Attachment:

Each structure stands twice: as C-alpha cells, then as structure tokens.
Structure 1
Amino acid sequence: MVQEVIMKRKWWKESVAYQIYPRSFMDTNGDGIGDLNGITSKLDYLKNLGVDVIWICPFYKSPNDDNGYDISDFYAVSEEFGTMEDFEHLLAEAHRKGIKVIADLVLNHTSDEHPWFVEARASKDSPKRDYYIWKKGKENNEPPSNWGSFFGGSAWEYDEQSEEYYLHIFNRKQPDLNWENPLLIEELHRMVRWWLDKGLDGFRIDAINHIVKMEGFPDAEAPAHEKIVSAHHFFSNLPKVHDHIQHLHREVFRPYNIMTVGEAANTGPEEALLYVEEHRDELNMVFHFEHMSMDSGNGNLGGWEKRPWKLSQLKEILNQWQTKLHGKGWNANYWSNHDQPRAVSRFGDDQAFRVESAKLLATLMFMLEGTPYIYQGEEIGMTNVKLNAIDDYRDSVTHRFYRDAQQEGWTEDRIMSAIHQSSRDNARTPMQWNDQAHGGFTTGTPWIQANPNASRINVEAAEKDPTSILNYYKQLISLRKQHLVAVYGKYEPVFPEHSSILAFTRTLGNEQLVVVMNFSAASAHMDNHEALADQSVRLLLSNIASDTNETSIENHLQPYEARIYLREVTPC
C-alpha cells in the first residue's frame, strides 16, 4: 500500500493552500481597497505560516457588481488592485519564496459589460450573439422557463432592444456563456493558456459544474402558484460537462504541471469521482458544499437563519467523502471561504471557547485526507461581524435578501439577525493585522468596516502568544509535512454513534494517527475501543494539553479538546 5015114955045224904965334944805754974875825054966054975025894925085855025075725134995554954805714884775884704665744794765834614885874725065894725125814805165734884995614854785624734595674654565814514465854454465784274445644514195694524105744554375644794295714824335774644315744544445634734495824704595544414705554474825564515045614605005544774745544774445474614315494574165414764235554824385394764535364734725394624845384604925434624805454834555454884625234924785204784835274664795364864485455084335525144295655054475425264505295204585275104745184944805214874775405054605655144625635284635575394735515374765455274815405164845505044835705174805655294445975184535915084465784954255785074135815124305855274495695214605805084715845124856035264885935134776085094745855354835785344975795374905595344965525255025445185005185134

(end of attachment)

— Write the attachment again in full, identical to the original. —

Each structure stands twice: as C-alpha cells, then as structure tokens.
Structure 1
Amino acid sequence: MVQEVIMKRKWWKESVAYQIYPRSFMDTNGDGIGDLNGITSKLDYLKNLGVDVIWICPFYKSPNDDNGYDISDFYAVSEEFGTMEDFEHLLAEAHRKGIKVIADLVLNHTSDEHPWFVEARASKDSPKRDYYIWKKGKENNEPPSNWGSFFGGSAWEYDEQSEEYYLHIFNRKQPDLNWENPLLIEELHRMVRWWLDKGLDGFRIDAINHIVKMEGFPDAEAPAHEKIVSAHHFFSNLPKVHDHIQHLHREVFRPYNIMTVGEAANTGPEEALLYVEEHRDELNMVFHFEHMSMDSGNGNLGGWEKRPWKLSQLKEILNQWQTKLHGKGWNANYWSNHDQPRAVSRFGDDQAFRVESAKLLATLMFMLEGTPYIYQGEEIGMTNVKLNAIDDYRDSVTHRFYRDAQQEGWTEDRIMSAIHQSSRDNARTPMQWNDQAHGGFTTGTPWIQANPNASRINVEAAEKDPTSILNYYKQLISLRKQHLVAVYGKYEPVFPEHSSILAFTRTLGNEQLVVVMNFSAASAHMDNHEALADQSVRLLLSNIASDTNETSIENHLQPYEARIYLREVTPC
C-alpha cells in the first residue's frame, strides 16, 4: 500500500493552500481597497505560516457588481488592485519564496459589460450573439422557463432592444456563456493558456459544474402558484460537462504541471469521482458544499437563519467523502471561504471557547485526507461581524435578501439577525493585522468596516502568544509535512454513534494517527475501543494539553479538546 5015114955045224904965334944805754974875825054966054975025894925085855025075725134995554954805714884775884704665744794765834614885874725065894725125814805165734884995614854785624734595674654565814514465854454465784274445644514195694524105744554375644794295714824335774644315744544445634734495824704595544414705554474825564515045614605005544774745544774445474614315494574165414764235554824385394764535364734725394624845384604925434624805454834555454884625234924785204784835274664795364864485455084335525144295655054475425264505295204585275104745184944805214874775405054605655144625635284635575394735515374765455274815405164845505044835705174805655294445975184535915084465784954255785074135815124305855274495695214605805084715845124856035264885935134776085094745855354835785344975795374905595344965525255025445185005185134